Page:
Turmeric aids in combating a host of conditions, including skin disorders, anxiety, colds and flu, sinus issues, chronic fatigue syndrome, Epstein Barr Virus, multiple sclerosis, rheumatoid arthritis, lymphoma, heart disease, Lyme disease, Parkinson’s, liver disorders, joint pain, headaches, leg cramps, body aches, blurry vision, brain fog, menopause symptoms and many other health problems.

Turmeric Green Tea Grated
Freshly grated turmeric for Turmeric Green Tea.

Green Tea

Green tea is full of antioxidants, including polyphenols and catechins. These compounds protect cells and molecules from free radicals that damage the body and cause diseases.

This soothing tea reduces inflammation throughout the body. Green tea protects the skin against harmful UV radiation and fights skin cancer by repairing DNA. It also protects the brain’s neurons and improves memory, making it helpful in preventing dementia, Alzheimer’s and Parkinson’s.

In addition, green tea supports the immune system, prevents infections and aids in weight loss by boosting metabolism and eliminating fat from the body. This tea reduces the risk for diabetes by regulating blood sugar levels and lowers bad cholesterol.

You can see why combining green tea with turmeric creates such a powerful health drink.

 

6 Teas that Soothe Anxiety Green Tea
Green Tea

Preparing Turmeric Green Tea

The tea is easy to prepare. I’d recommend using fresh turmeric root rather than dried or ground, for the best health benefits.

I purchased a piece of fresh turmeric root at my local Natural Grocers. Buy a larger section of turmeric root so that it is easier to peel and grate. I used a sharp paring knife to remove most of the outer skin, leaving a section to hang on to as I grated it. Turmeric leaves a bright yellow stain on fingers and clothing so handle carefully!

Grate about a tablespoon of turmeric and save the rest, storing in the refrigerator. Bring 2 cups of filtered water to a boil in a small saucepan. Remove from heat and add the grated turmeric and two black peppercorns or a dash of ground black pepper. Black pepper contains a compound that inhibits the breakdown of turmeric in the liver and gut. This improves bioavailability, allowing higher levels of turmeric to remain in the body and increasing the effects.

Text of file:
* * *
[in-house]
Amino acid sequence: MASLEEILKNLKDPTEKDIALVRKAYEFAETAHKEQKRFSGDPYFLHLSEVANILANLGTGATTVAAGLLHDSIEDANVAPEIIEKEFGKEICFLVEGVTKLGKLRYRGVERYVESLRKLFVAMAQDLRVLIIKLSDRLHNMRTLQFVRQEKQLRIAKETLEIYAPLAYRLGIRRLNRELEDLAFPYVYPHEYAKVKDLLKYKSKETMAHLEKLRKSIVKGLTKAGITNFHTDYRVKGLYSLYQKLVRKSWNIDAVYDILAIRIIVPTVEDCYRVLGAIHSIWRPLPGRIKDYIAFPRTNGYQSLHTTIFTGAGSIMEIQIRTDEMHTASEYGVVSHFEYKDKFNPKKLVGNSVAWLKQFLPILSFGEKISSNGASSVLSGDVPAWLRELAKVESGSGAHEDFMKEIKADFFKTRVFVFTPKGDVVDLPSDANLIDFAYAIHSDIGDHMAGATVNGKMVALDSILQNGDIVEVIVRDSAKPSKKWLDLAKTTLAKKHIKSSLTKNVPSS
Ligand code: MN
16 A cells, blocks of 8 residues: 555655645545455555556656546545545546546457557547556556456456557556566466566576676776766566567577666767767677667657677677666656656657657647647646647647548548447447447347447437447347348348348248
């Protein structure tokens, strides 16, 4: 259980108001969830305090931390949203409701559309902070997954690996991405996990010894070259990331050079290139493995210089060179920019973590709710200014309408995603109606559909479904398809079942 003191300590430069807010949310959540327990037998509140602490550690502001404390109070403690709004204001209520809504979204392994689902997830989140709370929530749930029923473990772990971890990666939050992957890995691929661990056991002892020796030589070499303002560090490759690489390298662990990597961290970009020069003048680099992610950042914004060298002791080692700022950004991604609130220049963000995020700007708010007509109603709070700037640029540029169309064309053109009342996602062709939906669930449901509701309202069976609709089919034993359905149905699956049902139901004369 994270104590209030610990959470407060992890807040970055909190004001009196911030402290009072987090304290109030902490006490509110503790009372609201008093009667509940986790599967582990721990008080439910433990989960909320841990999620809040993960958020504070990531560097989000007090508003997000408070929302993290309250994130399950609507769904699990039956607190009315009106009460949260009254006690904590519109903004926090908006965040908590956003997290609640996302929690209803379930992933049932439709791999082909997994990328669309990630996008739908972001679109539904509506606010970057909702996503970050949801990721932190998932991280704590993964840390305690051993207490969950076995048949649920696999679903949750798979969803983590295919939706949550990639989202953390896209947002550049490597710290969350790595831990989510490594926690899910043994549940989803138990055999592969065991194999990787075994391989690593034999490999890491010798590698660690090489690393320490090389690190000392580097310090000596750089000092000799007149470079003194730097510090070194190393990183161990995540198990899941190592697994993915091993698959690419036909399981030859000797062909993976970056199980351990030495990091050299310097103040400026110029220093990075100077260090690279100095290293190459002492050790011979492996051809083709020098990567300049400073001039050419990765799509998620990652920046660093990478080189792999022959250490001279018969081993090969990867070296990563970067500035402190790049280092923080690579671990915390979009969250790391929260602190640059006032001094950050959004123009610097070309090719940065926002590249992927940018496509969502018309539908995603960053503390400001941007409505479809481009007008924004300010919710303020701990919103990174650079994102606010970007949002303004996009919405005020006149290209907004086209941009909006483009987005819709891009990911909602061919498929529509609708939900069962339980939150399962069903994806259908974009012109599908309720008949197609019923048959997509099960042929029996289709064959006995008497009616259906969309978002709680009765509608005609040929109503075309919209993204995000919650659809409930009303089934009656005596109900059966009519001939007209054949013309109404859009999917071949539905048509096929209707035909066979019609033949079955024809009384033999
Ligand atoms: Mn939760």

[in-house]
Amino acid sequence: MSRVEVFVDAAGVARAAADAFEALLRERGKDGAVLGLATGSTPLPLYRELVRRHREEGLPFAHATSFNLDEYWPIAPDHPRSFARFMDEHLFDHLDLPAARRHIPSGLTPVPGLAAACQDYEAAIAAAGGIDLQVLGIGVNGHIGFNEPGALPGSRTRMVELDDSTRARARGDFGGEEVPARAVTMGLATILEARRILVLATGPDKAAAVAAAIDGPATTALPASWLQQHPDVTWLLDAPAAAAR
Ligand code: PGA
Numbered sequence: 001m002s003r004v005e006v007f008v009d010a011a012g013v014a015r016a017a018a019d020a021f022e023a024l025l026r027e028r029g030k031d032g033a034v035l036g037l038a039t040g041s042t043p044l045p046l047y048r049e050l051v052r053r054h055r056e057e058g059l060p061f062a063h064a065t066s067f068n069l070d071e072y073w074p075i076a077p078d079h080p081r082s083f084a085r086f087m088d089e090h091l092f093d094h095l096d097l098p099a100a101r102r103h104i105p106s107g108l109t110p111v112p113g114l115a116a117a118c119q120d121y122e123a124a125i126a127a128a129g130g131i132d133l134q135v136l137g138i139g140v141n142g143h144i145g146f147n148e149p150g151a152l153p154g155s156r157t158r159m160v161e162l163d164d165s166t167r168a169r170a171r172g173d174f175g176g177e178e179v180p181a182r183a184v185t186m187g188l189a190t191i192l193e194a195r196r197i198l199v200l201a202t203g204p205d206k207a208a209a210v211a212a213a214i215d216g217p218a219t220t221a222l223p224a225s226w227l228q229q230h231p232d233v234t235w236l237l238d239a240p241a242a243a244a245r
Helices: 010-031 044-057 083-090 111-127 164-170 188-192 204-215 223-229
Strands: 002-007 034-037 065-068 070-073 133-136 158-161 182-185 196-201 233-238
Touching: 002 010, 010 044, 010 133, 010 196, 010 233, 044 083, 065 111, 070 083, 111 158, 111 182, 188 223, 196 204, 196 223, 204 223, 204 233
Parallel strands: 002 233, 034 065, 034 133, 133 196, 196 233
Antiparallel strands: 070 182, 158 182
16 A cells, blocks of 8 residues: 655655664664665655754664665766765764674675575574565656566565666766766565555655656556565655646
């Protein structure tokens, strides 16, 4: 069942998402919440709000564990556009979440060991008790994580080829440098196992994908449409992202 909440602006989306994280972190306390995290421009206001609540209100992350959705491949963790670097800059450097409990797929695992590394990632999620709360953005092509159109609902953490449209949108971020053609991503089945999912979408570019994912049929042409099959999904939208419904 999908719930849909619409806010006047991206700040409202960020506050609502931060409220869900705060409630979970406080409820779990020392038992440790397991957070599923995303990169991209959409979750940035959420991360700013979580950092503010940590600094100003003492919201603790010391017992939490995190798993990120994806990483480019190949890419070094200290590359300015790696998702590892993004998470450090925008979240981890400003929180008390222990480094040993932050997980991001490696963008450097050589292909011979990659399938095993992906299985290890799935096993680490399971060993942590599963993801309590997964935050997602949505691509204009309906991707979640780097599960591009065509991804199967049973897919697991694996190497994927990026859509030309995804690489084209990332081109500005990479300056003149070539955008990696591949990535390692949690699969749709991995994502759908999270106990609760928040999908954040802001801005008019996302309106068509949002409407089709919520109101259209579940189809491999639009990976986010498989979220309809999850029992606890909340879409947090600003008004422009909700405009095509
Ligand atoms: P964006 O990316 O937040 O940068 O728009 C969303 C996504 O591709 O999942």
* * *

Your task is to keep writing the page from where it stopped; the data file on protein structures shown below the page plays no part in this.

Cover the pan and allow turmeric and black pepper to steep for 10 minutes.

Strain turmeric tea into a large mug or cup. Add an organic green tea bag, cover and steep for 5 more minutes. Add raw organic honey, if desired.

Turmeric Green Tea
Freshly brewed turmeric green tea.

Enjoying Turmeric Green Tea

The above recipe makes one large cup of turmeric green tea. Double the recipe to make a pot of tea. Save the grated turmeric in the saucepan. It can be used up to three times to create tea. Store any leftover tea in the refrigerator and reheat before drinking.

I brewed this healing drink for my afternoon tea. Previously I’ve only enjoyed turmeric in curries and golden milk, so I wondered if this tea would be overwhelming or too spicy. It’s not, at least, it’s not to me. I like the taste of turmeric and don’t use any kind of sweetener in my herbal teas. I drank the turmeric green tea straight up, without adding honey or coconut milk.

It is strongly flavored, but not overpowering. I enjoyed the drink and could imagine all those anti-inflammatories going to work throughout my body. In fact, I loved it so much I’ll have a second cup of turmeric green tea before bed. The turmeric root is inexpensive and easy to grate. My intention is to enjoy a cup of this healing tea once a day for the next week and note the effects.